Doughnut History, Doughnut Experiment

My original plan was to go to Doughnut Plant, buy one each of the seasonal doughnuts and taste test them all!  But I managed to control myself and buy two – one citron yeast, one citron cake.  Shared with three of my friends, our findings were inconclusive.  But we ate doughnuts, so we are all winners.  The cake doughnut was a little dryer but kept the tastes distinct – the lemon glaze lived independently of the cake allowing you to taste both.  The yeast doughnut had a lovely consistency but the lemon flavor permeated the pastry itself, making the lemon experience more intense.  Both delicious.  Both super fresh.

As for the history of the doughnut, apparently it is very New York-centric.  As a proud native New Yorker and lover of doughnuts I am ashamed of this lack of knowledge on my part.  Apparently Anna Joralemon (of the same family as the street in Brooklyn) introduced the doughnut to NYC in 1673.  Seems she was affectionately known as “the Big Doughnut” – she weighed 225 pounds.  I wonder how affectionate she was with regards to said nickname.  As my friend put it, she had fried dough but no Flywheel.  Indeed.  But these were fried cakes, not the circle/hole doughnut we know today.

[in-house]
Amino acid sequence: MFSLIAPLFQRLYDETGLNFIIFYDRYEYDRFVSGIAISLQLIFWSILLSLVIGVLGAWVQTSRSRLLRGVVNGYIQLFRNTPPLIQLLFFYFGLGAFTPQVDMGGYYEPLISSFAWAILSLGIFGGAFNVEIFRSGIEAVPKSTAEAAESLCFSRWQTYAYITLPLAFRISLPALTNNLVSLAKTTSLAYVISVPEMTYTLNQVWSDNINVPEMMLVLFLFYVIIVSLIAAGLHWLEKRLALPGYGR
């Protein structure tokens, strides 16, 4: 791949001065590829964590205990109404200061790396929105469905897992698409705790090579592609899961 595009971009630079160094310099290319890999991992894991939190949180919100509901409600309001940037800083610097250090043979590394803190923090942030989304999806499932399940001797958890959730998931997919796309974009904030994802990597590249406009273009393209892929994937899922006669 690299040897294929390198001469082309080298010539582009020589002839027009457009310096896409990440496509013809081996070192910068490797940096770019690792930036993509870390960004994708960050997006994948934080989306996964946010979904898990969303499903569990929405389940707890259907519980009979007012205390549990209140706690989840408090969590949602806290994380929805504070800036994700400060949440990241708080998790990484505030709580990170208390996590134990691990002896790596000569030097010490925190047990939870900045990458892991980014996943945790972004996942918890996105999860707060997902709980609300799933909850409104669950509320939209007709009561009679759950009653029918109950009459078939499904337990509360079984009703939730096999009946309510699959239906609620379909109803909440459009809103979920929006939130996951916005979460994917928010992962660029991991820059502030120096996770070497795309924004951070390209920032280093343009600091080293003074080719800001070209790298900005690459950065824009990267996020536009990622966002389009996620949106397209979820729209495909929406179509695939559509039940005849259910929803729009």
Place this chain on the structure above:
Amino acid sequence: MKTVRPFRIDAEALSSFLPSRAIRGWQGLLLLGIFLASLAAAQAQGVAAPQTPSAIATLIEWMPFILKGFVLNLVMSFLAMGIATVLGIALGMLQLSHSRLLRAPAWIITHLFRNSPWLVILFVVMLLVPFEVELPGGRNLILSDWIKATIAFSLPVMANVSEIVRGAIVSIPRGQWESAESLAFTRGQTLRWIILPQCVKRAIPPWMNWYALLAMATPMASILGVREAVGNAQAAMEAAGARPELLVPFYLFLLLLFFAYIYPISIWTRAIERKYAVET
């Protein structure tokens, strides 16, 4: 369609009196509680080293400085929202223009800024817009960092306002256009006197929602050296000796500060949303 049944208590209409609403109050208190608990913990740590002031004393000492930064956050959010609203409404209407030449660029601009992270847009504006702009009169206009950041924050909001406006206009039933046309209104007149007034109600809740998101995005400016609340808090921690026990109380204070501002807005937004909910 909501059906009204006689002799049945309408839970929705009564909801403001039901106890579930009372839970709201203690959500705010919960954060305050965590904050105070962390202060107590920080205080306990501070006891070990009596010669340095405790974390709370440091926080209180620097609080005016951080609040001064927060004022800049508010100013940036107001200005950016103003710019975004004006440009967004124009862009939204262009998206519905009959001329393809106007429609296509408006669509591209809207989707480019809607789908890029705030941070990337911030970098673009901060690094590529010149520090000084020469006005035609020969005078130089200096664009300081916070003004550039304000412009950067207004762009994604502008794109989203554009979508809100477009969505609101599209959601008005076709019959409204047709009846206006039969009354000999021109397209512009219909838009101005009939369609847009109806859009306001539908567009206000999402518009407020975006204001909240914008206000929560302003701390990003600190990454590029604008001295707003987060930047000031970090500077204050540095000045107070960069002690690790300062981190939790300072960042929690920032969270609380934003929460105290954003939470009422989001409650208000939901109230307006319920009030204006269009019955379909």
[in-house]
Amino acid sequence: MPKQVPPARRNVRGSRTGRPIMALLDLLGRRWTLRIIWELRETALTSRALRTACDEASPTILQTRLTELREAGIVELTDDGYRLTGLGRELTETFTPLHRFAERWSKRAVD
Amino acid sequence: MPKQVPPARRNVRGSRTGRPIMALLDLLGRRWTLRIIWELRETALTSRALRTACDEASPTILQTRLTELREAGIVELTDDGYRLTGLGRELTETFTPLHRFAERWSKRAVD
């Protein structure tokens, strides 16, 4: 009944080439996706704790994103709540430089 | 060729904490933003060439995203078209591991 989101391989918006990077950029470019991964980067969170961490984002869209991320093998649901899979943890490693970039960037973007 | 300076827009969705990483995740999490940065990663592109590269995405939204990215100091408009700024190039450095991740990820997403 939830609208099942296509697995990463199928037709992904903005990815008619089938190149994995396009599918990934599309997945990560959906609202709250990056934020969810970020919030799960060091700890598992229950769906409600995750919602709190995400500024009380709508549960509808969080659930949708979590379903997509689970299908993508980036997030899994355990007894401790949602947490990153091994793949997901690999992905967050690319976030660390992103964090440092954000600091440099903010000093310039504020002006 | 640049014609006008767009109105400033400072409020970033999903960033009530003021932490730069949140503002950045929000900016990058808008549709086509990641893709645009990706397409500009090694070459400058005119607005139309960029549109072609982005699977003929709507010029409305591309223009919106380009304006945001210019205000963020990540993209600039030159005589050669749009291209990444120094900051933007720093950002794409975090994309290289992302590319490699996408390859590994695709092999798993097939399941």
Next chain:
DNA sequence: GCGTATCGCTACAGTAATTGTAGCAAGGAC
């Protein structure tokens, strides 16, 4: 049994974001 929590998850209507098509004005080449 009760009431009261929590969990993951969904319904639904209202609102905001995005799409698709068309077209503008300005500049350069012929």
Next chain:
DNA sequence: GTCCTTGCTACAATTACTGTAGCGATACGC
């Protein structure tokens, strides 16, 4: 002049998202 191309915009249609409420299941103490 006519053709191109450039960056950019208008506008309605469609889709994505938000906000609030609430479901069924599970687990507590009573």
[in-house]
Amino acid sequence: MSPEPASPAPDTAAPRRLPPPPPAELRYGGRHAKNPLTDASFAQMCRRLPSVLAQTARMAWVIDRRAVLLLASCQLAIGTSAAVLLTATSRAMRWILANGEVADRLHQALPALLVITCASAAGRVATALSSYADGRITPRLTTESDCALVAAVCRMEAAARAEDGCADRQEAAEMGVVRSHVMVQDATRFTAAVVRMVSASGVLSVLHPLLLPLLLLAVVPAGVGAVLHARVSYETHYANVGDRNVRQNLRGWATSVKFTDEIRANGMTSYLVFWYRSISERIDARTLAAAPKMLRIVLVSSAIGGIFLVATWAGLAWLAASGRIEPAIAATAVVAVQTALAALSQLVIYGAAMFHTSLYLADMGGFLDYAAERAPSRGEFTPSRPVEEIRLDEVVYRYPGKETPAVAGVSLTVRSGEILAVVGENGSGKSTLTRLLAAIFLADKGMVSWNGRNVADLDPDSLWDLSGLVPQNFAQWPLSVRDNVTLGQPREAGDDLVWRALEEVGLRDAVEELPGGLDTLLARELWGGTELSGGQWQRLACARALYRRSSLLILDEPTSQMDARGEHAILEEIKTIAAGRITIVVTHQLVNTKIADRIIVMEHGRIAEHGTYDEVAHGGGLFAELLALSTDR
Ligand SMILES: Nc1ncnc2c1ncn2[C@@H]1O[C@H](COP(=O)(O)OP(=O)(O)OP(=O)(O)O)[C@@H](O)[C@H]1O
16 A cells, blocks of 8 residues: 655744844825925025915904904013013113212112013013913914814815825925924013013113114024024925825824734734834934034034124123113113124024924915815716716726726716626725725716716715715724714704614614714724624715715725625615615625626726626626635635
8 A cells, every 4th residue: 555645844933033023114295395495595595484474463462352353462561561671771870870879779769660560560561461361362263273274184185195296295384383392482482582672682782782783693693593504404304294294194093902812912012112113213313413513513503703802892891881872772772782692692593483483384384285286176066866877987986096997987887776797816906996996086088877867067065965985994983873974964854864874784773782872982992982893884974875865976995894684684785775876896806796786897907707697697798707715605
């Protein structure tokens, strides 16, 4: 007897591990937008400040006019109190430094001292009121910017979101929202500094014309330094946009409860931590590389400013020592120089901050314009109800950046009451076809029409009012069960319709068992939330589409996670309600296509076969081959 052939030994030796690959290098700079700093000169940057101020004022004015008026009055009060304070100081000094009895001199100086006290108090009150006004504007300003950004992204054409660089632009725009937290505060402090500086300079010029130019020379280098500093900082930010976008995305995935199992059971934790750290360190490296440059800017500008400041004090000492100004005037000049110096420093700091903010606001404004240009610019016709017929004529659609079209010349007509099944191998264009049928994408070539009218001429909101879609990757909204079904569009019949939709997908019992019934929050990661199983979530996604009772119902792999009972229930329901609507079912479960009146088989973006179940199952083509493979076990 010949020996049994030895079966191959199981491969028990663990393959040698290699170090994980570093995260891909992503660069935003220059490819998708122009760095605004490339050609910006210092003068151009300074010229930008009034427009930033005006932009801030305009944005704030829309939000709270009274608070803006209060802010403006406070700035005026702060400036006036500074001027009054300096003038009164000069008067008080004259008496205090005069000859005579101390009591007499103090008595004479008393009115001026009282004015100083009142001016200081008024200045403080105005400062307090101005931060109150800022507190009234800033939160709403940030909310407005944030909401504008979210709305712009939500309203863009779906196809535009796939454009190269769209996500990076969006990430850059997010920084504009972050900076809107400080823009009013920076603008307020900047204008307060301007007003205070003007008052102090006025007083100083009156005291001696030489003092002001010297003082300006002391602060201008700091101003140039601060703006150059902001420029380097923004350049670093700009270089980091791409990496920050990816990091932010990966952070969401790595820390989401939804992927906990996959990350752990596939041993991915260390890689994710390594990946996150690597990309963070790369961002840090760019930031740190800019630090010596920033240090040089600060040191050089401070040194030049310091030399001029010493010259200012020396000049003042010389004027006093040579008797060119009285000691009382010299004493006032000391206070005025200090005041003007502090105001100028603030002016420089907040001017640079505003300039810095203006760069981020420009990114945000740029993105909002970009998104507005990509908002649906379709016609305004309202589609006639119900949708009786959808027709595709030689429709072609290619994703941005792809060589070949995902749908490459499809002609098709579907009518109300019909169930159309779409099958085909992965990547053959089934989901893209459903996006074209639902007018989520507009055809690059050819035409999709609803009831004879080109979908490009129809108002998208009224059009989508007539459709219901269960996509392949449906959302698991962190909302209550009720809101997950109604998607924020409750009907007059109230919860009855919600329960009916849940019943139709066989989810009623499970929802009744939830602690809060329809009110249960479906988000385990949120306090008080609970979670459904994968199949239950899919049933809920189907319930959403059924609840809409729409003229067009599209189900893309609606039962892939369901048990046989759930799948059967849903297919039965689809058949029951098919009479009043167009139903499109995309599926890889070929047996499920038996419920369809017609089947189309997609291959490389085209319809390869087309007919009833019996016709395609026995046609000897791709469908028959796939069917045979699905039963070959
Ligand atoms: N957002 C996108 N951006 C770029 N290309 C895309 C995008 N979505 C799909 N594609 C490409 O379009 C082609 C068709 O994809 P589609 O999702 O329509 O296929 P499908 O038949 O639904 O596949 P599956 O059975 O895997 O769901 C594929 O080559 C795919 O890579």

For that, we have this wonderful quote.  No matter what I read from here forward, in my mind it will always be Captain Gregory who invented the doughnut  in 1847:

Here’s part of the interview with 85 year-old Captain Gregory:

“Now in them days we used to cut the doughnuts into diamond shapes, and also into long strips, bent in half, and then twisted. I don’t think we called them doughnuts then–they was just ‘fried cakes’ and ‘twisters.’

“Well, sir, they used to fry all right around the edges, but when you had the edges done the insides was all raw dough. And the twisters used to sop up all the grease just where they bent, and they were tough on the digestion.”

“Well, I says to myself, ‘Why wouldn’t a space inside solve the difficulty?’ I thought at first I’d take one of the strips and roll it around, then I got an inspiration, a great inspiration. I took the cover off the ship’s tin pepper box, and–I cut into the middle of that doughnut the first hole ever seen by mortal eyes!”

Captain Gregory is my people.  Well done, sir.

Now off to Flywheel!


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